With the news that Senator Kelly Ayotte will vote against the Toomey-Manchin background check compromise today, that effectively cuts off the last route to 60 votes for the proposal. Senator Heidi Heitkamp — a red state Democrat — also announced her opposition moments ago.

Barring a string of last minute flip-flops, which all but certainly won’t happen, Toomey-Manchin looks to be dead.

In a fitting coda to this affair, a number of Newtown family members intend to sit in the gallery to watch today’s voting, a spokesperson for one of the family groups, Sandy Hook Promise, tells me. Among them are Mark and Jackie Barden, whose youngest son, Daniel, was killed in the shooting; Nicole Hockley, who lost her son Dylan; and Jimmy Greene, who lost his daughter Ana.

Family members decided that witnessing today’s events — even if painful — was too important to forego, a source familiar with their thinking tells me. However, there is still some hesitation about having their reaction appear on camera during what would be the first significant defeat of one of their most desired legislative goals, i.e., expanded background checks. (Family members were on hand to watch last week’s vote on the motion to proceed to debate, which went their way.)  Indeed, because of this hesitation, the families’ plans could always change.

The “gun rights” forces like to make several arguments about the involvement of the families in this drama. Some like to say it constitutes “emotional bullying” or “using the families” when gun control advocates cite their desires. Rand Paul today accused the Obama administration of using the Newtown families as “props.”

The problem with this, of course, is that these families are doing all of this of their own accord, and if they want to channel their grief into lobbying for gun reform, that’s their right. As for those gun control advocates who cite the family’s desires, the families share the same policy goal as they do, so why shouldn’t they?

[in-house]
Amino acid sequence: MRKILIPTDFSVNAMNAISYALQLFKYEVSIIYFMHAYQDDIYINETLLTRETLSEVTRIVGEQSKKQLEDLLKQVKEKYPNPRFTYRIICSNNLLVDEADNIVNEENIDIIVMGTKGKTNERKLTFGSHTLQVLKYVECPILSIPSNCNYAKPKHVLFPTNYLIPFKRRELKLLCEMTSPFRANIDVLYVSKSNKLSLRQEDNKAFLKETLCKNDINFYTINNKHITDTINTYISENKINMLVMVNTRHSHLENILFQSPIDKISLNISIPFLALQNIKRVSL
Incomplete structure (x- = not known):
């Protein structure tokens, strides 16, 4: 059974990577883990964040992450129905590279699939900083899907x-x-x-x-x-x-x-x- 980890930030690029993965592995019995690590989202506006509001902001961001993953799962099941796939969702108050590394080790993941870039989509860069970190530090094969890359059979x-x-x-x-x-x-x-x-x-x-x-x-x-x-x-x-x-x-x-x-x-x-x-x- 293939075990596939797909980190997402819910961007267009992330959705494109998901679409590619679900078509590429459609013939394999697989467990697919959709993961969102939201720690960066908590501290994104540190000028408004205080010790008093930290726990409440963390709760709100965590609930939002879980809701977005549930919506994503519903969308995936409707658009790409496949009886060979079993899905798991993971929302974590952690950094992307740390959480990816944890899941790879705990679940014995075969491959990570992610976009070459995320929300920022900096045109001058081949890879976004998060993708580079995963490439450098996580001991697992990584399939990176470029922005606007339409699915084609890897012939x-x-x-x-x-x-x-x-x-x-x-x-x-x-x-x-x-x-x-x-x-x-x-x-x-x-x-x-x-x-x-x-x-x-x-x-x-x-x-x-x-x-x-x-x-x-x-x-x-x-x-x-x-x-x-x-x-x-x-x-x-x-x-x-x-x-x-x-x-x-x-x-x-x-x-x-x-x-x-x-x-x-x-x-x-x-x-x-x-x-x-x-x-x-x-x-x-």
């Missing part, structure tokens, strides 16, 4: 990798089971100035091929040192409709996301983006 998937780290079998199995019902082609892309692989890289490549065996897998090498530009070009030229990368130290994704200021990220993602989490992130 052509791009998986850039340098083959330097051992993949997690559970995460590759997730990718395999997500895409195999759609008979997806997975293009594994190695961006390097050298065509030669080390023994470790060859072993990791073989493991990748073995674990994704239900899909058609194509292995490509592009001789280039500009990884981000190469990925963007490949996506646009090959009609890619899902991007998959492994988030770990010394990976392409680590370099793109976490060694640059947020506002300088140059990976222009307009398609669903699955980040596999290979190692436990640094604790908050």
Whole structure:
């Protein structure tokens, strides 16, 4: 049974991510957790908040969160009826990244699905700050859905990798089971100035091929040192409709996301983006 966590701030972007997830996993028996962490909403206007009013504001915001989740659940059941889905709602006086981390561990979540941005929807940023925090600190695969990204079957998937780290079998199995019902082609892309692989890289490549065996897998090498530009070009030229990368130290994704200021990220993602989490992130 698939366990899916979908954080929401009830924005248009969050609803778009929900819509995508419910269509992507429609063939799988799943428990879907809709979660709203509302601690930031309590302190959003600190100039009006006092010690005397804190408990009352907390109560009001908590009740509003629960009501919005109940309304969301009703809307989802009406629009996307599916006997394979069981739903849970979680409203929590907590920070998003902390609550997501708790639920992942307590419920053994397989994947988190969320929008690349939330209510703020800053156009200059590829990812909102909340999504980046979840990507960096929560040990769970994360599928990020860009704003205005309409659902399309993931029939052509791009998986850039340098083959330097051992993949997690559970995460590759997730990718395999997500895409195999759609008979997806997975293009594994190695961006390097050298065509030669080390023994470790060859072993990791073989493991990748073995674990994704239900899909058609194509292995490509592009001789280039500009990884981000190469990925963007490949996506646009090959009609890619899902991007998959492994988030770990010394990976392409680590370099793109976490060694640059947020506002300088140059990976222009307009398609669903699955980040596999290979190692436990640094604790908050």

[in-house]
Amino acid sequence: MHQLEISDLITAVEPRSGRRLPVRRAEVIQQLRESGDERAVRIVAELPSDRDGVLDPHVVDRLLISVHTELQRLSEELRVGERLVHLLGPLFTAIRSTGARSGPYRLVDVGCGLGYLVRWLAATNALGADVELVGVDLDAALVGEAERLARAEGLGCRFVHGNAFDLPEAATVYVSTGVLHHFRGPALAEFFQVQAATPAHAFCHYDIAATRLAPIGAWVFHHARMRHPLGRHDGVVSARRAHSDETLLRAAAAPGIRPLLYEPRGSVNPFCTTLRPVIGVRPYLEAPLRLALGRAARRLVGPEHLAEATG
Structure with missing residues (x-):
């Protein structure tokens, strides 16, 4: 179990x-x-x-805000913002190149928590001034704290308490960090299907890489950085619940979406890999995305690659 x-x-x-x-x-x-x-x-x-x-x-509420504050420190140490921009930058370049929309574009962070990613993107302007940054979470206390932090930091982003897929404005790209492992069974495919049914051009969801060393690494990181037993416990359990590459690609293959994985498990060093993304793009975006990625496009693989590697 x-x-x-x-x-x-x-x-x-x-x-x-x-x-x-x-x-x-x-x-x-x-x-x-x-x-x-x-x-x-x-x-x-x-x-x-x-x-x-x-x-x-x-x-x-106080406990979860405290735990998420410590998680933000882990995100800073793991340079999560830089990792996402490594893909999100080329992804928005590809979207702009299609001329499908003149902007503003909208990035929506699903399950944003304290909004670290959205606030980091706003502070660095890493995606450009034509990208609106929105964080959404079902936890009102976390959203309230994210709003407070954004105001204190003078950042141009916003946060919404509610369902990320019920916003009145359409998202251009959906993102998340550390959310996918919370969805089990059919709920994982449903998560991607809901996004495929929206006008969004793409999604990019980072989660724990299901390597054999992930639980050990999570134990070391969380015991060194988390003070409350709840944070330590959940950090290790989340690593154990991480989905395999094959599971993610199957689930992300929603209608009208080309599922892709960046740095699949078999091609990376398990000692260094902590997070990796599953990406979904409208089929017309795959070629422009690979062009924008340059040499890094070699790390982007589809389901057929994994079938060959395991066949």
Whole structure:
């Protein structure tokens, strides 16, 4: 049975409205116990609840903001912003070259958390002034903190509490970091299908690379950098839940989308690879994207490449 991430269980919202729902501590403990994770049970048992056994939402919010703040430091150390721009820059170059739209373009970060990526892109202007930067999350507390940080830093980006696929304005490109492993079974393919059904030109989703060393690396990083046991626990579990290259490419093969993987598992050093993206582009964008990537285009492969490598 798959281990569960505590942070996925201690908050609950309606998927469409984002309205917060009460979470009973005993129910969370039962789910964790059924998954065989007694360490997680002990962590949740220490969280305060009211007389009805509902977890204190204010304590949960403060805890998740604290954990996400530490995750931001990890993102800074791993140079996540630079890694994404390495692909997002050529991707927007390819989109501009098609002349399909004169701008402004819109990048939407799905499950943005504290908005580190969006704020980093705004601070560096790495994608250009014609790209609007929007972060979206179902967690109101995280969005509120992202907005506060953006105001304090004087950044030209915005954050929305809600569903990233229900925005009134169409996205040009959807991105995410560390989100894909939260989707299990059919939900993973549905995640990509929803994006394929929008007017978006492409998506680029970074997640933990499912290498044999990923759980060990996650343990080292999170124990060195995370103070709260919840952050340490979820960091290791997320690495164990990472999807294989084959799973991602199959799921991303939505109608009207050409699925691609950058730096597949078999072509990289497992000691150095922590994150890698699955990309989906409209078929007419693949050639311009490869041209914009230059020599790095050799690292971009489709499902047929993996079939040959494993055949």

Others like to say that the Manchin-Toomey proposal “wouldn’t have done anything to stop Newtown.” But that elides the obvious point that the families are lobbying on this issue because they are hoping to prevent other shootings of innocent people later, in hopes of sparing other families from getting torn apart they way their families have. “I’m not just here for the 26 that died at Sandy Hook,” Nicole Hockley said recently. “If we can make any steps forward to help save lives, then it’s a step worth taking.”

Many Senators stood and applauded when Obama, during his State of the Union Speech, intoned again and again that the Newtown families “deserve a vote.” But it’s not emotional manipulation to refer back to that moment; the families are actually in the Capitol asking for a simple majority vote. They could have gotten one. Senators who will vote No today had the option of voting Yes on the Toomey-Manchin amendment, which requires 60 votes, and then voting No during the simple majority vote on the final package of proposals. These Senators could have justified this by saying they believe Toomey-Manchin deserved a straight up or down vote and shouldn’t be killed by a supermajority requirement.

But these Senators apparently don’t believe this. We’re now learning that a number of them — red state Democrats and purple state Republicans alike — who genuinely seemed undecided on the proposal can’t bring themselves to allow such an up or down vote on it. As the families themselves will witness in person today, a simple majority vote in the United States Senate on expanding background checks — which is supported by over eight in 10 Americans — is apparently not going to happen.